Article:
The goal was to get to 10cm and honestly somewhere along the line, I wasn’t sure if I was even going to make it. This was when I truly understood the power of my mind. In that few hours, the nurse came in and out to check on my dilation and ask if I wanted the epidural. I said no the first few times but by the time I was about 5 cm dilated, I was ready to give in because the contractions were overwhelming. Thankfully, I had discussed with Jon (my husband) prior to labour how I was keen on wanting a natural birth. And because both baby and I were physically in a good place, even in silence, when I didn’t give the nurse a direct answer, Jon knew that I would have wanted a natural birth and sent the nurse away. I feel that it’s important to have that discussion with your partner or the person who’s going to be in the labour room with you so that you’re both on the same page.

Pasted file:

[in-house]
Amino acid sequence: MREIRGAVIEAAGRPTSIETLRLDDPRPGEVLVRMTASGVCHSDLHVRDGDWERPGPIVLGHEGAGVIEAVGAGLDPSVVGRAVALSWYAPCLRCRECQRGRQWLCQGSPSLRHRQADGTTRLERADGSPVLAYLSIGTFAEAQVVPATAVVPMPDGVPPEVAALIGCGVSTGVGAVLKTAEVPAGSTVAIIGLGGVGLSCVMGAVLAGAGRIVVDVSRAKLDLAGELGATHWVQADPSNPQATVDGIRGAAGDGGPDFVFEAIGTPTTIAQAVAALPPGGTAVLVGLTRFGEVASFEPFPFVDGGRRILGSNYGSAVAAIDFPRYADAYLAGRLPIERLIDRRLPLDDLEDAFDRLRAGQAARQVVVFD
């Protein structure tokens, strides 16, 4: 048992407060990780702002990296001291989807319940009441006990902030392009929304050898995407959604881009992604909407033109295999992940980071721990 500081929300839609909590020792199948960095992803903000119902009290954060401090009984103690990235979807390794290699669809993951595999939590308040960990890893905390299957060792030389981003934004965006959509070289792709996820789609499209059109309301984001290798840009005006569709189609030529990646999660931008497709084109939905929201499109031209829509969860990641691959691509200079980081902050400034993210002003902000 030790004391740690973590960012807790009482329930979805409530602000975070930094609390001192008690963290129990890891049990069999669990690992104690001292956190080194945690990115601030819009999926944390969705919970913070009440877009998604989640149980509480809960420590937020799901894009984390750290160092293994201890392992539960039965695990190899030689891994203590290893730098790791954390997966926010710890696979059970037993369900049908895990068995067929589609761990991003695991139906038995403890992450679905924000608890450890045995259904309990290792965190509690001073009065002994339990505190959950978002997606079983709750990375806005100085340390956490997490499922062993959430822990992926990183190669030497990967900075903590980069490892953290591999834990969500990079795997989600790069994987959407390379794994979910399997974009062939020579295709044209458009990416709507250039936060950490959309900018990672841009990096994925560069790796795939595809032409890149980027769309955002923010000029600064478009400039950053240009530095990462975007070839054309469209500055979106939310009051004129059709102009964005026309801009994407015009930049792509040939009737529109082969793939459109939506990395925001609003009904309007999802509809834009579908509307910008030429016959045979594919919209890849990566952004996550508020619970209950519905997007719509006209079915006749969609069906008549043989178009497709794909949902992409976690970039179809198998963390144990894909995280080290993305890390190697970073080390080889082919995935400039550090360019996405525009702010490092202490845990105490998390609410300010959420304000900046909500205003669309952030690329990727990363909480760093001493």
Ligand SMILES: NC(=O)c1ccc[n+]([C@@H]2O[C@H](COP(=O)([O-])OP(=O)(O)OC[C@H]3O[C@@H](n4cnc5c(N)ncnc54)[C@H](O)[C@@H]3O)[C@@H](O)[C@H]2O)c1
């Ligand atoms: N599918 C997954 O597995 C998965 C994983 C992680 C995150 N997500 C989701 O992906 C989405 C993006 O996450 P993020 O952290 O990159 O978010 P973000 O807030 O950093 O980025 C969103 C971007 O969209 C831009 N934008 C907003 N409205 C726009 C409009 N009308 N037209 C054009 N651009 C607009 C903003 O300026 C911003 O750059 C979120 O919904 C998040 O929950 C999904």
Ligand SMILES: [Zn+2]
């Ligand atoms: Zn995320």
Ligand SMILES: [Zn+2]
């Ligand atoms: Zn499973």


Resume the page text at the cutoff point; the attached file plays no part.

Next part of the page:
As mentioned earlier, my contractions came in fast and strong but each one felt different. There were times I could focus on my breathing and the contraction felt bearable but other times, I would just tense up and started kicking and squeezing (or rather crushing) my husband’s hand. That was when I knew I really needed to control my mind in order to manage my contractions; maybe this is why people go for hypnobirthing classes. It worked a few times and with the help of the laughing gas, I could relax a little. But as I was nearing the 10cm mark, that to me, was the hardest, most challenging part of labour; to NOT PUSH when all you feel like doing is to PUSH. At 7, 8 and 9 cm, I felt like taking a massive dump but had to hold it in real good! This part was all mental. I was moving around the bed so much; I probably looked like I was possessed. I had to focus on NOT PUSHING by letting out short breaths and kept reminding myself that if I push now, I’d tear my vagina up to my a**hole!